Primary (Preschool)

Outstanding Developmental Experience for Young Children Ages 6 Weeks to 5 Years

“Education cannot be effective unless it helps a child to open up himself to life.” ~ Maria Montessori

Program Overview

Throughout the ages of 3-5, children are at a time of great transformation from dependency to a “let me do it myself” mentality.  The preschool environment is a community designed to progress each child at their level as lesson plans are individualized to scaffold learning in areas of practical life, sensorial, mathematics, language development, culture, art and more. We offer a three hour work period that builds concentration, meets a child’s need for order and helps them explore the important roles they play within their family, community and their culture to become independent beings.  Children choose their own activities and work independently at their own pace under gentle guidance of trained teachers.  In this way a child’s innate curiosity and love of learning are fostered.

Primary Schedule

The three hour work cycle provides opportunities for children to develop academic, motor and social skills as well as concentration, independence and self-esteem.  The environment is prepared to allow the child to move freely within the classroom and to choose from the materials developed by Dr. Montessori.  Children enjoy lunch with their teachers and an afternoon nap. We believe that fresh air is an important part of the day and children spend time on the playground daily.

Our Primary (Preschool) is a 10 month program, aligned as closely as possible with the Denver Public School schedule. We have a two month Summer Break, wherein we offer a Summer Camp program.

Preschool Curriculum and Materials

The materials in our classrooms were developed by Dr. Maria Montessori. She developed hands on materials that are attractive to the child and help develop very specific skills. The materials are carefully organized on shelving for students to choose from. The lessons on the work are given when a student is ready and then is allowed to continue to master the work before moving to the next lesson. The work also allows for explorations beyond the lessons called extensions. There are five areas in a Montessori classroom that create the holistic education.

  •   Practical Life
    Upon first entering the Montessori school children are given the opportunity to develop important life skills which will allow them greater freedom in the classroom. They learn to manage their own clothes using dressing frames to practice buttons, zips and bows.  They are also shown how to care for the classroom, using child-sized brushes and dusters.  Developing practical skills, such as pouring drinks from a jug and laying tables, and social skills with friends and teacher enable each child to feel that they are capable, self-reliant members of the community.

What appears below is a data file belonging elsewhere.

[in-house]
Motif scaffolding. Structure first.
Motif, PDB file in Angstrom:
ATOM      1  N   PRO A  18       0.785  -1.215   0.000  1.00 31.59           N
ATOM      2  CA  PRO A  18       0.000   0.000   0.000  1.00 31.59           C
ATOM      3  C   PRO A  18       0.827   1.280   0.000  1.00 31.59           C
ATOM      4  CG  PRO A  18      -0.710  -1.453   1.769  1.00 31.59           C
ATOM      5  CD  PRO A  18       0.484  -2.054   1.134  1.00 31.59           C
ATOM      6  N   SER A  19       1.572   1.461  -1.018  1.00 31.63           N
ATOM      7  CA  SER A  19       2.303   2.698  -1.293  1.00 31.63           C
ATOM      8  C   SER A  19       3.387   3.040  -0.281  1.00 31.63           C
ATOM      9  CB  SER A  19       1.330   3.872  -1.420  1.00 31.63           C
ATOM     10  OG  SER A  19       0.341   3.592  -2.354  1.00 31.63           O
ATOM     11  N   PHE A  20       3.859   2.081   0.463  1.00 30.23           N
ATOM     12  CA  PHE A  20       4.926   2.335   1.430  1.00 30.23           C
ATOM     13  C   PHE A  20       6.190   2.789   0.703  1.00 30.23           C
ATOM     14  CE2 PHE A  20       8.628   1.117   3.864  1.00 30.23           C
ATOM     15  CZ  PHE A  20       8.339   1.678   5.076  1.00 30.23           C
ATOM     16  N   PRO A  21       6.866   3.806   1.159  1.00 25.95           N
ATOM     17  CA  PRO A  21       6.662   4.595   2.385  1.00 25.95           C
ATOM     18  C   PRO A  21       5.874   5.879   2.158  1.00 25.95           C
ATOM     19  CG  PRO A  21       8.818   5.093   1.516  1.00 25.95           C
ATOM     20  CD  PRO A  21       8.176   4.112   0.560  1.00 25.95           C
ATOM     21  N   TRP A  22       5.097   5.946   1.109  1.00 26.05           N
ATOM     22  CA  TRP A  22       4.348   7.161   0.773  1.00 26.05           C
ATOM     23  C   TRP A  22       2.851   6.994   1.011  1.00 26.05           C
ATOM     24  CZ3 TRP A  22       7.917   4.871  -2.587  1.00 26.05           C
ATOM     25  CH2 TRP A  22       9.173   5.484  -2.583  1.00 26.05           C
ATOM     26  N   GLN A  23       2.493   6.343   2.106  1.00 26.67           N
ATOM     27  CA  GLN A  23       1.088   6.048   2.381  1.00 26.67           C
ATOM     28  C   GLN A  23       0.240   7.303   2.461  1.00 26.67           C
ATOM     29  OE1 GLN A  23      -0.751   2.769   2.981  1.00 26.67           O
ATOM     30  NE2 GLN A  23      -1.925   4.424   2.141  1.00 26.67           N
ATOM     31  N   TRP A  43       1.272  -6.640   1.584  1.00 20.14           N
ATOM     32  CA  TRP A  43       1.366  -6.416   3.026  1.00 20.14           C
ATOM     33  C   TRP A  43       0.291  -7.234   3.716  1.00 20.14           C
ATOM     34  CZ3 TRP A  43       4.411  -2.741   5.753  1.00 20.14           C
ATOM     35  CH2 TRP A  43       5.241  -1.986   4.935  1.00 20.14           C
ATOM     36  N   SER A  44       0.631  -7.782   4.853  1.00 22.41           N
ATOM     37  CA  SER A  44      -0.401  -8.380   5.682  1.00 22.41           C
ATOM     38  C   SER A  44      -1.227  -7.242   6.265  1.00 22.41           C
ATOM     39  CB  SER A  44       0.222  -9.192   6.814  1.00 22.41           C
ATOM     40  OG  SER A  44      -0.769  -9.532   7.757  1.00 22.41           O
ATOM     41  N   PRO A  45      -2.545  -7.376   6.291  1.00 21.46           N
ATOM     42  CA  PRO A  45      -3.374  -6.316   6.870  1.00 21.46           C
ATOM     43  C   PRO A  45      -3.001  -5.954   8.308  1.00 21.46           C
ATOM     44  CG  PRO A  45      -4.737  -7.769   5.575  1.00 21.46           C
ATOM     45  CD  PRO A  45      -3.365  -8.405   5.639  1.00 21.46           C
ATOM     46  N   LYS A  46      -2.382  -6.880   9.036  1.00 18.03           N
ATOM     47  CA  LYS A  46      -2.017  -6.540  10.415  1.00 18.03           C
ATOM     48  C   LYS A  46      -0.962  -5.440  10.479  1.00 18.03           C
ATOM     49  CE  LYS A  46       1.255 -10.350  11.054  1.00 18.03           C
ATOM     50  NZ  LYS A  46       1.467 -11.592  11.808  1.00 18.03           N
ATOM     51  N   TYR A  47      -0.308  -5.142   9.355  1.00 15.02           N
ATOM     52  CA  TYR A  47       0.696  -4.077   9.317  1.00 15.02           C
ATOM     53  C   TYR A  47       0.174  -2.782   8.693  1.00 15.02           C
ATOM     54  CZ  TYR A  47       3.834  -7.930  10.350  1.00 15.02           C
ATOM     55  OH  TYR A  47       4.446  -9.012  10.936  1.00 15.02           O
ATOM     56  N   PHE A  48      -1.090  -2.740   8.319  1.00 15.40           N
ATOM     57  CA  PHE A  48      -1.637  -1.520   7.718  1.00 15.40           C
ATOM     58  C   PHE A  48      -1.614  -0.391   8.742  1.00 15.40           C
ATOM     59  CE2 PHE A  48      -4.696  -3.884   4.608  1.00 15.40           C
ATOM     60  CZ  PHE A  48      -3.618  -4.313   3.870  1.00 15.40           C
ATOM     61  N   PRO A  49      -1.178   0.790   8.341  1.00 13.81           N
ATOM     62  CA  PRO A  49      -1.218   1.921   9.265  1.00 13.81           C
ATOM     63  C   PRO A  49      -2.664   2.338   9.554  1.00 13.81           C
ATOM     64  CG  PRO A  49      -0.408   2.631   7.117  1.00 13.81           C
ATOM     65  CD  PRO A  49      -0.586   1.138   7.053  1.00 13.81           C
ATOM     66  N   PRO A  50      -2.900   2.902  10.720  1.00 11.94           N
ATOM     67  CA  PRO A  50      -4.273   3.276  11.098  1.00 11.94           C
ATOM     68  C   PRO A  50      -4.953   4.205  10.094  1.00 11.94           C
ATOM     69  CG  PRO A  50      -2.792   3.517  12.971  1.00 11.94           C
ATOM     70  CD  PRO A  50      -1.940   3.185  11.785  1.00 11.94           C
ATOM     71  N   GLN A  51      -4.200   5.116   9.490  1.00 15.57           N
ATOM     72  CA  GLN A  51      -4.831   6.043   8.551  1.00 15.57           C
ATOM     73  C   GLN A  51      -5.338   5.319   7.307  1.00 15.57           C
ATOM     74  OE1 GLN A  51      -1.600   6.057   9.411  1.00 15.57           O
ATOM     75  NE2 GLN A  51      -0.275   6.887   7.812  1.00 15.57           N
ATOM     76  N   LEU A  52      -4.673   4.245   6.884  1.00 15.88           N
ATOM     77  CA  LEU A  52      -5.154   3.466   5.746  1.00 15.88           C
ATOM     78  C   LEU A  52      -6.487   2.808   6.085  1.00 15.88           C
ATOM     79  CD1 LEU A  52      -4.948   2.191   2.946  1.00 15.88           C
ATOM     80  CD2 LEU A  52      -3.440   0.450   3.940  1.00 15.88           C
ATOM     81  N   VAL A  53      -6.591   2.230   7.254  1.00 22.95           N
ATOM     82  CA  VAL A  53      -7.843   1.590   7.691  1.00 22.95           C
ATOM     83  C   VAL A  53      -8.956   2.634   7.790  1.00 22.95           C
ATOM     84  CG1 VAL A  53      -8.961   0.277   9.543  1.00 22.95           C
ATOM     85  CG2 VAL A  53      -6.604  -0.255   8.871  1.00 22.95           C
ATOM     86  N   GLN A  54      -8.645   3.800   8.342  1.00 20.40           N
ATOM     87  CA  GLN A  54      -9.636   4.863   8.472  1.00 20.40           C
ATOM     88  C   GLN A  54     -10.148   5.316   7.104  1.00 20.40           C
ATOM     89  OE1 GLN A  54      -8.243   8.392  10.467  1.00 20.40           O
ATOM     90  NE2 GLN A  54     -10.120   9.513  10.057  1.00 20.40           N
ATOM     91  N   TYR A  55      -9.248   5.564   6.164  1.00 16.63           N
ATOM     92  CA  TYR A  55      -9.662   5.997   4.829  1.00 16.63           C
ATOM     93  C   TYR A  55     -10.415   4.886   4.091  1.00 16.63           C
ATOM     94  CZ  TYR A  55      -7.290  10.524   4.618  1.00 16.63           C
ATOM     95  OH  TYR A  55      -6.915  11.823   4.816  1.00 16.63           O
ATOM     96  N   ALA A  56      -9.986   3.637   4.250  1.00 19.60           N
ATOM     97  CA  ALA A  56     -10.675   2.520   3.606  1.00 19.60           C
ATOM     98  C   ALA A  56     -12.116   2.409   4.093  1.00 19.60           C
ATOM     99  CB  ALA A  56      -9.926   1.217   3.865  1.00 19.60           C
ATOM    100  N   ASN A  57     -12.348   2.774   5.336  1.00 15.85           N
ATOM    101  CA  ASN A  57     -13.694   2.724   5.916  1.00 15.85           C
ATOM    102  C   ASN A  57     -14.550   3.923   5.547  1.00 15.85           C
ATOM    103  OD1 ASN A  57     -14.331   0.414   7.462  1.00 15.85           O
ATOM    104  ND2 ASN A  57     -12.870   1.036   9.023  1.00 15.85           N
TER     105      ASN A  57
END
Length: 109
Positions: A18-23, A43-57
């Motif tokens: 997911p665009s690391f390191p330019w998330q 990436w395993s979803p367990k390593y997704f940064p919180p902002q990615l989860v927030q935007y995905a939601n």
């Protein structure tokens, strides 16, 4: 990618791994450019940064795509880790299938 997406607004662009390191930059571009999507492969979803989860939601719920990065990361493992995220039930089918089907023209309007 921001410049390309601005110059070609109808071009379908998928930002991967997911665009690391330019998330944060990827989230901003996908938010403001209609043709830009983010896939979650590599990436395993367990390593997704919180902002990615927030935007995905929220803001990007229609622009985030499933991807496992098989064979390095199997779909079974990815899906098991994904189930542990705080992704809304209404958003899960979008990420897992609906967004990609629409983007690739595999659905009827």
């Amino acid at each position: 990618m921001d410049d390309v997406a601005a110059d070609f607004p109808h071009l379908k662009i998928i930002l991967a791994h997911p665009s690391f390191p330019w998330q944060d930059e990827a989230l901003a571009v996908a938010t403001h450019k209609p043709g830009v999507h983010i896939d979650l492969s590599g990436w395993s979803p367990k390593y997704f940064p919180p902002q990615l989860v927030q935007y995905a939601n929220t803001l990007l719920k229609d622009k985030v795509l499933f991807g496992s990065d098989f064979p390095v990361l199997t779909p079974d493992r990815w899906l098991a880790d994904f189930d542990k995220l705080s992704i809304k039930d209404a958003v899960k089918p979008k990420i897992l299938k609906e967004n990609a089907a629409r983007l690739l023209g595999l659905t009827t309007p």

• Sensorial
    A child’s first experience with learning is through the senses. Montessori schools use a range of well thought out exercises to help children sort, match and compare objects by shape, size, touch, taste and sound.  These early sensorial impressions boost children’s powers of observation and discrimination, broaden their vocabulary and contribute to their later understanding of formal education concepts.
  • Literacy
    Montessori’s language materials are based on a carefully a structured phonic approach to writing and reading. Recognized for their excellence, they are used widely in many non-Montessori schools and settings where special help is required. First, children learn sensorially by tracing sandpaper letters with their fingers while they are told the sounds.  Soon they are writing simple words with movable letters, matching words with objects and reading their first stories in phonic readers.  When asked how they learned to read and write Montessori children will often answer, “I did it myself.”
  • Mathematics
    Essentially mathematics is about understanding relationships in the environment and being able to express them in mathematical terms. Montessori materials, like the number rods, golden beads and spindle boxes, are simple and interesting and provide step-by-step learning. They are also self-correcting, which means that children can see at a glance if they have made a mistake and can put it right without a teacher’s help.  This enables them to progress at their own rate and understand each stage thoroughly before they move on to the next stage.
  • Cultural
    In the Montessori classroom children use globes, puzzles maps and flags to underpin activities which build their understanding of other cultures and people. Children are also taught to match, classify and name the elements and species of the natural would by using picture and name cards.  Classroom plant growing and caring for pets help to form a bridge between the child’s knowledge of the immediate environment and the wider world.